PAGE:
For history lovers and lovers of mythology, there is a lot of inspiration within these pages. Reading about how symbols, colours, and numbers were used to convey various messages struck a deep chord in me. We are still able to imbue our work with meaning and magic in very personal ways. Our ancestors might have woven protective spells into their clothes before embarking on dangerous journeys  – and we might do the same today, for very different reasons. The thread of conscious intention, a source of personal power, remains unbroken even today, despite so many attempts to break it. I came away from this book with a renewed sense of reverence for this “women’s work.”

Rating 4/5

PLY Magazine believes that Black lives matter, as well as LBGTQI+ lives. Those most vulnerable and persecuted in our communities deserve our love and support. Please be good to each other.

Book Review: Dyeing to Spin and Knit by Felicia Lo

reviewed by Sukrita Mahon

With every kind of tutorial and technique easily searchable online, dyeing has never been more accessible to spinners and knitters. Most crafters are likely to experiment with some type of dyeing or colour blending at some point in their practice. The creator of Sweet Georgia Yarns, Felicia Lo, has managed to produce an extremely comprehensive guide to dyeing that proves useful for the novice and experienced dyer alike.

In the early chapters, Lo touches on some fascinating cultural aspects and responses to colour. As a child, she was drawn to bright colours and wanted to wear them often, but her peers thought it strange. It resonates a lot with my own experience in western society, where it seems that dull, muted, or neutral colours are most favoured. It leads to all kinds of complicated feelings about colour, such as which are pleasing together or not or which look good with certain complexions. I find myself suspecting that we project a lot of feelings of inadequacies into our colour senses, especially in the west. It’s a shame, when they’re really meant to bring us joy, and maybe even freedom.

The author’s journey from craving to rejecting colour to rediscovering and exploring it in depth is very compelling. The idea that we need colour in our lives in some fundamental way stands out to me. We naturally have emotional reactions to colour, and particularly as crafters, we have the ability to explore them in such a way that can end up feeling therapeutic. Many of us can resonate with that feeling of awe when working with a special colourway. For those who are perhaps wary of starting to experiment on their own, there is an excellent chapter on colour theory that provides a basis for how colours interact and are perceived.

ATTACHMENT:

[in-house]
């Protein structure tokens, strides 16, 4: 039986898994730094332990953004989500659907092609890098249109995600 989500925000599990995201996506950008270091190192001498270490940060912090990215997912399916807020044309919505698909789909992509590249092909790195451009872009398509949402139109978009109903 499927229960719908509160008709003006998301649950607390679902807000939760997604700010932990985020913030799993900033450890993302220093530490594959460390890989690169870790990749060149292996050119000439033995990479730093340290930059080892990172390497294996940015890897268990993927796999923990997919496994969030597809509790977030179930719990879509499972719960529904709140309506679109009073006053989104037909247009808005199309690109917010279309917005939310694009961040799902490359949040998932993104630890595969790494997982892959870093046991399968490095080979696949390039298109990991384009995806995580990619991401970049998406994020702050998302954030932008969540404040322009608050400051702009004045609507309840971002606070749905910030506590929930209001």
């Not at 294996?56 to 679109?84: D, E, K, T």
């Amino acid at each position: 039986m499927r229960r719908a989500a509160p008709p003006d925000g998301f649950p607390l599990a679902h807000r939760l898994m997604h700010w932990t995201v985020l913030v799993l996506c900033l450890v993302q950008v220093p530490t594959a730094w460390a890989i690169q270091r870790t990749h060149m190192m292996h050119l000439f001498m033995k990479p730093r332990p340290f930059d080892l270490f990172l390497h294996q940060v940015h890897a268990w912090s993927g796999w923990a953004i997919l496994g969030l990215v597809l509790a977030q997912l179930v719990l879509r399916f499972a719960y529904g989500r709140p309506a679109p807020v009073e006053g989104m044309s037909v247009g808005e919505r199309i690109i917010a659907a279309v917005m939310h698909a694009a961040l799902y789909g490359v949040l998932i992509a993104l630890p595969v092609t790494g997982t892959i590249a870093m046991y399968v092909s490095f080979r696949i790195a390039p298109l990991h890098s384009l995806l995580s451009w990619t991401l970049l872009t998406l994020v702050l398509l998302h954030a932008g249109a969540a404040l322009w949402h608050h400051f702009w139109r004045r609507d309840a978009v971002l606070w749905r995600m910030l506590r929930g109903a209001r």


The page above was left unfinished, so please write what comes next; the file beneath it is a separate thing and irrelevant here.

The sections on dyeing are very thorough, with instructions on setting up a dye studio as well. A lot of small-scale dyeing can be done in the kitchen, but when using acid dyes, it is advisable to have a separate area if possible. I found a lot of invaluable tips in this section, like choosing heavier bottomed pans over thin ones to ensure even heating. Lo touches on natural dyeing and the richness of colours that can be created with it, providing lots of tantalising photos. In the case of acid dyeing, she explains how to measure dyes to get the same colour, even without the use of a precise scale.

We go on to learn how to dye yarn for all types of different effects: solid colour, tonal, variegated, hand painted, self striping, gradient, resist dyeing, layering. There is enough inspiration in these pages to pique the interest of dyers who may already know these techniques. The part on mistakes and troubleshooting mistakes is much appreciated – I could have used these at several points in my own dyeing journey.

Spinning with colour opens up a whole new world of possibilities, and this was my favourite part of the book. There are so many ideas to explore that it left me buzzing. The beautiful complexity of the yarns created with optical mixing and combination drafting, for example, made me want to pull out some fibre right away. There is plenty of material for non-dyeing spinners to experiment with, such as the ways in which grist, pre-drafting, or staple length can affect colour.

One of the key take-aways from the spinning chapters was the multitude of ways in which fibre can be split and spun to create various effects, like short or long colour repeats, gradients, or muted colour stories. Spinning straight from dyed top can be interesting but doesn’t always result in the most exciting fabric. Batts add another layer of fun and experimentation, despite being time intensive to make. The blending possibilities are greatly increased, so even mixing two colours gently can result in a more complex yarn than other methods. The author teaches us how to make layers of different colours and spin them to different effects.

Lo obviously knows spinners well, because she nudges us to actually knit, crochet, or weave with the yarn instead of calling the process finished once it’s washed. I will, Felicia, just as soon as I’m finished spinning it all…

The book helpfully tries to explain how to best use multicoloured yarn in knitting, and how stitch patterns are affected by the way it’s dyed. It ends with a chapter of knitting patterns designed by the author. Some of these are handspun, and the rest could easily be adapted to work with handspun. They are mostly cowls and shawls, a blanket and a pair of socks.